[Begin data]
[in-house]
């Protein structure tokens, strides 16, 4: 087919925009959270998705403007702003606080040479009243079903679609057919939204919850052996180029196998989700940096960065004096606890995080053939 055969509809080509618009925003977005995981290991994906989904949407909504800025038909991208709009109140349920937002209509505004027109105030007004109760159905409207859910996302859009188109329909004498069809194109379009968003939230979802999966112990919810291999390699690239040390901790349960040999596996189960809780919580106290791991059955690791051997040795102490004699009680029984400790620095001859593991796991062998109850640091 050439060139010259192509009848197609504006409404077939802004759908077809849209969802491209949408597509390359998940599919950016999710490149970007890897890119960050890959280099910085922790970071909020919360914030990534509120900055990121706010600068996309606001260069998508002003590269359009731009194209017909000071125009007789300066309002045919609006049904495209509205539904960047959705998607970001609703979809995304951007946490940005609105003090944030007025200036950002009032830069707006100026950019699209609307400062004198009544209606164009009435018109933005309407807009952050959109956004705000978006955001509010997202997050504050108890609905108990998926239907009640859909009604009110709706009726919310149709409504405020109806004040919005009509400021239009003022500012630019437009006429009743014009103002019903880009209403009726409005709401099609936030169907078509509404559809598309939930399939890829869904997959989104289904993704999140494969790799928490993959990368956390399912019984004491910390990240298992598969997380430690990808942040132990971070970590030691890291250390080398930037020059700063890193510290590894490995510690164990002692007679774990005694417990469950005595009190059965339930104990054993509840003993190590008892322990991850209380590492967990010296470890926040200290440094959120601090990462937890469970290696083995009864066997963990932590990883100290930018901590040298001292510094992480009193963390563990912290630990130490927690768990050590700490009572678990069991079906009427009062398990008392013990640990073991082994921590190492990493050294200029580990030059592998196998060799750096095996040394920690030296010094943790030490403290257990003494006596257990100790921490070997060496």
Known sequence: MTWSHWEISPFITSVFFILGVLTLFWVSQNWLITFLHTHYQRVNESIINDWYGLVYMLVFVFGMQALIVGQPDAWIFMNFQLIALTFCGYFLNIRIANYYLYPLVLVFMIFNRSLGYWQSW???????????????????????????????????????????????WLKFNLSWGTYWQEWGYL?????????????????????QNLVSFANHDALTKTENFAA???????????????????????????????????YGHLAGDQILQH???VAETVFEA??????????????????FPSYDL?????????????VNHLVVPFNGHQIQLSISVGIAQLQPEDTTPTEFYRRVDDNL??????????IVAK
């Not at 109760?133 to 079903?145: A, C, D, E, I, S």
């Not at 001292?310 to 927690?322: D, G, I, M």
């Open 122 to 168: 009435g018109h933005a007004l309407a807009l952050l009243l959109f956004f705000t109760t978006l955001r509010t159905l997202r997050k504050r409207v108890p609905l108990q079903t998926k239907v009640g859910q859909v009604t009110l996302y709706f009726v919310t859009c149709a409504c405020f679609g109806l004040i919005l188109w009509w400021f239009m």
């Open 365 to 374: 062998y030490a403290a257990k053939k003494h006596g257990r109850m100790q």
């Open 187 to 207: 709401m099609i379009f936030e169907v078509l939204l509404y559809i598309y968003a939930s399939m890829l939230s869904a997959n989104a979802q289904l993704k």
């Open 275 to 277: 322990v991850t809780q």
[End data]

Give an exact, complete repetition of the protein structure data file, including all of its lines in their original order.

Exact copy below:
[in-house]
């Protein structure tokens, strides 16, 4: 087919925009959270998705403007702003606080040479009243079903679609057919939204919850052996180029196998989700940096960065004096606890995080053939 055969509809080509618009925003977005995981290991994906989904949407909504800025038909991208709009109140349920937002209509505004027109105030007004109760159905409207859910996302859009188109329909004498069809194109379009968003939230979802999966112990919810291999390699690239040390901790349960040999596996189960809780919580106290791991059955690791051997040795102490004699009680029984400790620095001859593991796991062998109850640091 050439060139010259192509009848197609504006409404077939802004759908077809849209969802491209949408597509390359998940599919950016999710490149970007890897890119960050890959280099910085922790970071909020919360914030990534509120900055990121706010600068996309606001260069998508002003590269359009731009194209017909000071125009007789300066309002045919609006049904495209509205539904960047959705998607970001609703979809995304951007946490940005609105003090944030007025200036950002009032830069707006100026950019699209609307400062004198009544209606164009009435018109933005309407807009952050959109956004705000978006955001509010997202997050504050108890609905108990998926239907009640859909009604009110709706009726919310149709409504405020109806004040919005009509400021239009003022500012630019437009006429009743014009103002019903880009209403009726409005709401099609936030169907078509509404559809598309939930399939890829869904997959989104289904993704999140494969790799928490993959990368956390399912019984004491910390990240298992598969997380430690990808942040132990971070970590030691890291250390080398930037020059700063890193510290590894490995510690164990002692007679774990005694417990469950005595009190059965339930104990054993509840003993190590008892322990991850209380590492967990010296470890926040200290440094959120601090990462937890469970290696083995009864066997963990932590990883100290930018901590040298001292510094992480009193963390563990912290630990130490927690768990050590700490009572678990069991079906009427009062398990008392013990640990073991082994921590190492990493050294200029580990030059592998196998060799750096095996040394920690030296010094943790030490403290257990003494006596257990100790921490070997060496």
Known sequence: MTWSHWEISPFITSVFFILGVLTLFWVSQNWLITFLHTHYQRVNESIINDWYGLVYMLVFVFGMQALIVGQPDAWIFMNFQLIALTFCGYFLNIRIANYYLYPLVLVFMIFNRSLGYWQSW???????????????????????????????????????????????WLKFNLSWGTYWQEWGYL?????????????????????QNLVSFANHDALTKTENFAA???????????????????????????????????YGHLAGDQILQH???VAETVFEA??????????????????FPSYDL?????????????VNHLVVPFNGHQIQLSISVGIAQLQPEDTTPTEFYRRVDDNL??????????IVAK
């Not at 109760?133 to 079903?145: A, C, D, E, I, S």
């Not at 001292?310 to 927690?322: D, G, I, M």
């Open 122 to 168: 009435g018109h933005a007004l309407a807009l952050l009243l959109f956004f705000t109760t978006l955001r509010t159905l997202r997050k504050r409207v108890p609905l108990q079903t998926k239907v009640g859910q859909v009604t009110l996302y709706f009726v919310t859009c149709a409504c405020f679609g109806l004040i919005l188109w009509w400021f239009m």
């Open 365 to 374: 062998y030490a403290a257990k053939k003494h006596g257990r109850m100790q």
């Open 187 to 207: 709401m099609i379009f936030e169907v078509l939204l509404y559809i598309y968003a939930s399939m890829l939230s869904a997959n989104a979802q289904l993704k």
């Open 275 to 277: 322990v991850t809780q």